This fall, the Choir School for children at St. John’s Church in Ross begins its fourth season. Run by music director Dr. Lenore Alford and vocal coach Emily Bender, the Choir School helps children become literate, knowledgable musicians and great singers. For the last three years, the school's combined choirs have sung the national anthem at AT&T Park for the San Francisco Giants—a great way to end the season in June!
Choir School is open to all children who children who want to sing. Tuition is $320 for St. John's parishioners and $420 for non-parishioners. Scholarships are available and no child will be turned away for lack of funds.
The Choir School is divided into choirs by age:
The youngest choristers (grades K–1) sing in the St. Cecilia Choir, where they learn musicianship skills through folk songs and games following the Kodaly method of instruction. They also perform once a month each second Sunday.
The St. Hildegard Choir is for grades 2–5. Choristers in this choir learn to read music, fundamentals of music theory, and musicianship skills along with the joy of singing beautiful music. They receive individual voice lessons with vocal coach Emily Bender. Rehearsals take place Wednesdays from 4 to 5:15 pm.
The Marin Music Chest has launched its annual scholarship audition program in its ongoing effort to provide financial support to Marin County students studying classical music. Students studying wind and string instruments, piano, and voice are encouraged to apply, and all scholarship applicants must be residents of Marin County for a minimum of two years and have at least two years of music study prior to the audition.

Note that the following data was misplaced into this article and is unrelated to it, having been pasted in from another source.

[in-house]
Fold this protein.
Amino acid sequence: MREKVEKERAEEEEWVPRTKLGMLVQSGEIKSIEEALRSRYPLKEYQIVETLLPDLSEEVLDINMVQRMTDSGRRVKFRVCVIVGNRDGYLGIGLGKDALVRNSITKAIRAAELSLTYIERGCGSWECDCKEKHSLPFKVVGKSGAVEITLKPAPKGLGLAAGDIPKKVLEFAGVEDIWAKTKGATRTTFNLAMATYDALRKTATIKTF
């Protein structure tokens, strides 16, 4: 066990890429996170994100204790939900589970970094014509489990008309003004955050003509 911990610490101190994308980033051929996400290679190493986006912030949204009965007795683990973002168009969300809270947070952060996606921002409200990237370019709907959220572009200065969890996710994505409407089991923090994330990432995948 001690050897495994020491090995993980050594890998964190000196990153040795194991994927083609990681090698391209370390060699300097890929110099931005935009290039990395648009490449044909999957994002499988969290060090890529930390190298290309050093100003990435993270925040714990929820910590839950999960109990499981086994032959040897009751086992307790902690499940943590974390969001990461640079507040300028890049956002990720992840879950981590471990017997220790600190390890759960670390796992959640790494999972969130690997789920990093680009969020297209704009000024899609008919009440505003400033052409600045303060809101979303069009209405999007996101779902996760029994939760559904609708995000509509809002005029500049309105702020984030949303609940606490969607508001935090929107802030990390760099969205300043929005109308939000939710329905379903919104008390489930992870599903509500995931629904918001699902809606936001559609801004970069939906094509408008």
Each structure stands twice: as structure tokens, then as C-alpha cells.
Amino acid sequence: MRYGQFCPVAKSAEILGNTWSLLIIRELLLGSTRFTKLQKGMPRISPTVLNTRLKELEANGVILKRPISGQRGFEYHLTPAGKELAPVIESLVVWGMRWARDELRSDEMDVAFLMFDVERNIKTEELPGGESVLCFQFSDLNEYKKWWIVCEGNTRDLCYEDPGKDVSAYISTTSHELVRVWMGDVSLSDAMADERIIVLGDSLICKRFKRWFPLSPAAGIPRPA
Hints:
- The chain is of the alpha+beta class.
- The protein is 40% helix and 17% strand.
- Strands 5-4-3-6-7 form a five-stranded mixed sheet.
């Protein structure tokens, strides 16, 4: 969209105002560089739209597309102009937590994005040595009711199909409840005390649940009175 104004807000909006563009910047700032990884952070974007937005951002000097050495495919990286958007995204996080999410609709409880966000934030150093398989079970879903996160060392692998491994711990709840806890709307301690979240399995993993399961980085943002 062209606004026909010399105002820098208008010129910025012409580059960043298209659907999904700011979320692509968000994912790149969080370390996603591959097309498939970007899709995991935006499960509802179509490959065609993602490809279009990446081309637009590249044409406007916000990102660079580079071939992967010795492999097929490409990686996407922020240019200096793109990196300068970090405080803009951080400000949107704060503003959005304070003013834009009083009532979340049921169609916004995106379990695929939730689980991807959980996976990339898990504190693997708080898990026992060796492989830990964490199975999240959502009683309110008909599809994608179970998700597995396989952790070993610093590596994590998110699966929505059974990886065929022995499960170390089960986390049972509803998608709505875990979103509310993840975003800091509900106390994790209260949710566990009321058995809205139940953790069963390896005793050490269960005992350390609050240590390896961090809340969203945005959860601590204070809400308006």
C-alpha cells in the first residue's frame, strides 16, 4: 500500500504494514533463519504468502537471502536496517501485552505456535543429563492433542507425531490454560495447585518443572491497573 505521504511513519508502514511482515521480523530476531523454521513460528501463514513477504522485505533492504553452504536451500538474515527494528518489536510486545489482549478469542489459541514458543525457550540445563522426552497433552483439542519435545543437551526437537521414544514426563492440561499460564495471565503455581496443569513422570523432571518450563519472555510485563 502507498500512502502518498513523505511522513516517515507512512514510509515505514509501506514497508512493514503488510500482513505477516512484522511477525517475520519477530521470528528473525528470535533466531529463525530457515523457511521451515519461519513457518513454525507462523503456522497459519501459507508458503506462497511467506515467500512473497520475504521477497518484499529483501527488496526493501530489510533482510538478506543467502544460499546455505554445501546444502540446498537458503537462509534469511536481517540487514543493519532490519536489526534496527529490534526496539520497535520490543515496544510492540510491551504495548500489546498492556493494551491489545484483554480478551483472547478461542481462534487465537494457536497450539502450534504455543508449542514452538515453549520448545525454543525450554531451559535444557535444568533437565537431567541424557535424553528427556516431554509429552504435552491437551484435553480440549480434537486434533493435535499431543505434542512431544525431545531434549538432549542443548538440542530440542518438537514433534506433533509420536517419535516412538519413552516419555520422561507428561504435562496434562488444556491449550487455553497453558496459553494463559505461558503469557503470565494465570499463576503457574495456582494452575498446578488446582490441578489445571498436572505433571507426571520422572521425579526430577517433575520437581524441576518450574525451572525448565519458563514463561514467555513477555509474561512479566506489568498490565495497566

Junior Division instrumentalists must be between 10 and 13 years old and vocalists between 14 and 16. The Junior Division application deadline is February 10, 2012, and auditions will be held March 10, 2012. Senior Division instrumentalists must be between 14 and 19 years of age and vocalists between 17 and 24. The Senior Division application deadline is February 24, 2012 and auditions will be held on March 24, 2012.
What is the ideal age for a child to start learning an instrument? The answer is: it depends.
No matter what the instrument your child needs to be mature enough to be able to focus on formal learning—the age of reason, so to speak—even if it’s just for a relatively short period of time. For piano and string instruments, the general consensus seems to be that you can start formal lessons around age five, or even earlier, in a Suzuki program, although some teachers would still wait until age eight or the third grade. For other instruments, waiting a bit longer will actually give your child a better chance of success. The A music school, for example, doesn’t start students on guitar, bass guitar, or drums until they’re age eight, and many teachers recommend waiting until ages nine, ten, or eleven to start lessons on other instruments. According to Dianna Gomez, who is band director at Presidio Middle School and has taught at lower levels, fourth graders have an eighty percent chance of failure. She finds that fifth graders, on the other hand, have about an eighty percent chance of success.